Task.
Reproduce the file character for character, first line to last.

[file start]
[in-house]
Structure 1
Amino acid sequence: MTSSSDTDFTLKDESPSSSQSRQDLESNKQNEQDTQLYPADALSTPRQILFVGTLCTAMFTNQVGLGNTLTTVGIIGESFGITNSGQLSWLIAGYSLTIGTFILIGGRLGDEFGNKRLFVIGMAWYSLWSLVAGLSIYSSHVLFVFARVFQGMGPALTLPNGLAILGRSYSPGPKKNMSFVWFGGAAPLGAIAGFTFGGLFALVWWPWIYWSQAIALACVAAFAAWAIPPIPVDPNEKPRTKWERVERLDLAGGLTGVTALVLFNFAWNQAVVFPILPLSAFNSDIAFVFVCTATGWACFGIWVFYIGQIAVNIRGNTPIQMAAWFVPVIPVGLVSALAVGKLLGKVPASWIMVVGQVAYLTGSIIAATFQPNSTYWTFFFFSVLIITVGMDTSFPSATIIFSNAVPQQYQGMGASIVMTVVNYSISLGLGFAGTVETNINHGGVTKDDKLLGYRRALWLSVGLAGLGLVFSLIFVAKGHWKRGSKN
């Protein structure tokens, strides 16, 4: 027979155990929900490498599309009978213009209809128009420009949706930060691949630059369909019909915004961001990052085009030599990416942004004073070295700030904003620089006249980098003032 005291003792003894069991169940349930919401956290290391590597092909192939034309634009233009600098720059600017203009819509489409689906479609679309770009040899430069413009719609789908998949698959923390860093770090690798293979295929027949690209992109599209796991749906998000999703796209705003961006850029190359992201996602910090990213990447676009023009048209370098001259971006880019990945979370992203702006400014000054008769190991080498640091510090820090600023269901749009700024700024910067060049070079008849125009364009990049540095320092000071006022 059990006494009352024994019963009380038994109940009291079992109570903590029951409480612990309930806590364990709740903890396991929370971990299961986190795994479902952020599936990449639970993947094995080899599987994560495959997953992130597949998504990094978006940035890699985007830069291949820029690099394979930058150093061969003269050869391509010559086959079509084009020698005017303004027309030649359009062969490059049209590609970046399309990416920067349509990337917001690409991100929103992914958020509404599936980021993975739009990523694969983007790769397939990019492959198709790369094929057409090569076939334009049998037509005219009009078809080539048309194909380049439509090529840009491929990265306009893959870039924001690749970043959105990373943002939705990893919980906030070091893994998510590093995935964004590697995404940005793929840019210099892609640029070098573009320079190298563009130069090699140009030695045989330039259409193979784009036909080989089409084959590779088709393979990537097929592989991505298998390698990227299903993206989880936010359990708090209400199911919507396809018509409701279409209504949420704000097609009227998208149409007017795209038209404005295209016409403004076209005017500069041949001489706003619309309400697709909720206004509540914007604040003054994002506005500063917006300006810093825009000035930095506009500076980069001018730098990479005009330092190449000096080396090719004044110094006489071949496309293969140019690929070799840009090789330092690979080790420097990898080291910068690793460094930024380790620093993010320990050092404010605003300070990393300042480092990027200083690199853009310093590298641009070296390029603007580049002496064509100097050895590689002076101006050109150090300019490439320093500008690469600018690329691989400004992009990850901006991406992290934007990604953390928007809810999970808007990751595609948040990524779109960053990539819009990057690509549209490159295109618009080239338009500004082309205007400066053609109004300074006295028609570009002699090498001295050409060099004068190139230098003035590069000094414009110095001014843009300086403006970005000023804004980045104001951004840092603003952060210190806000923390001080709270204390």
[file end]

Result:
[in-house]
Structure 1
Amino acid sequence: MTSSSDTDFTLKDESPSSSQSRQDLESNKQNEQDTQLYPADALSTPRQILFVGTLCTAMFTNQVGLGNTLTTVGIIGESFGITNSGQLSWLIAGYSLTIGTFILIGGRLGDEFGNKRLFVIGMAWYSLWSLVAGLSIYSSHVLFVFARVFQGMGPALTLPNGLAILGRSYSPGPKKNMSFVWFGGAAPLGAIAGFTFGGLFALVWWPWIYWSQAIALACVAAFAAWAIPPIPVDPNEKPRTKWERVERLDLAGGLTGVTALVLFNFAWNQAVVFPILPLSAFNSDIAFVFVCTATGWACFGIWVFYIGQIAVNIRGNTPIQMAAWFVPVIPVGLVSALAVGKLLGKVPASWIMVVGQVAYLTGSIIAATFQPNSTYWTFFFFSVLIITVGMDTSFPSATIIFSNAVPQQYQGMGASIVMTVVNYSISLGLGFAGTVETNINHGGVTKDDKLLGYRRALWLSVGLAGLGLVFSLIFVAKGHWKRGSKN
């Protein structure tokens, strides 16, 4: 027979155990929900490498599309009978213009209809128009420009949706930060691949630059369909019909915004961001990052085009030599990416942004004073070295700030904003620089006249980098003032 005291003792003894069991169940349930919401956290290391590597092909192939034309634009233009600098720059600017203009819509489409689906479609679309770009040899430069413009719609789908998949698959923390860093770090690798293979295929027949690209992109599209796991749906998000999703796209705003961006850029190359992201996602910090990213990447676009023009048209370098001259971006880019990945979370992203702006400014000054008769190991080498640091510090820090600023269901749009700024700024910067060049070079008849125009364009990049540095320092000071006022 059990006494009352024994019963009380038994109940009291079992109570903590029951409480612990309930806590364990709740903890396991929370971990299961986190795994479902952020599936990449639970993947094995080899599987994560495959997953992130597949998504990094978006940035890699985007830069291949820029690099394979930058150093061969003269050869391509010559086959079509084009020698005017303004027309030649359009062969490059049209590609970046399309990416920067349509990337917001690409991100929103992914958020509404599936980021993975739009990523694969983007790769397939990019492959198709790369094929057409090569076939334009049998037509005219009009078809080539048309194909380049439509090529840009491929990265306009893959870039924001690749970043959105990373943002939705990893919980906030070091893994998510590093995935964004590697995404940005793929840019210099892609640029070098573009320079190298563009130069090699140009030695045989330039259409193979784009036909080989089409084959590779088709393979990537097929592989991505298998390698990227299903993206989880936010359990708090209400199911919507396809018509409701279409209504949420704000097609009227998208149409007017795209038209404005295209016409403004076209005017500069041949001489706003619309309400697709909720206004509540914007604040003054994002506005500063917006300006810093825009000035930095506009500076980069001018730098990479005009330092190449000096080396090719004044110094006489071949496309293969140019690929070799840009090789330092690979080790420097990898080291910068690793460094930024380790620093993010320990050092404010605003300070990393300042480092990027200083690199853009310093590298641009070296390029603007580049002496064509100097050895590689002076101006050109150090300019490439320093500008690469600018690329691989400004992009990850901006991406992290934007990604953390928007809810999970808007990751595609948040990524779109960053990539819009990057690509549209490159295109618009080239338009500004082309205007400066053609109004300074006295028609570009002699090498001295050409060099004068190139230098003035590069000094414009110095001014843009300086403006970005000023804004980045104001951004840092603003952060210190806000923390001080709270204390």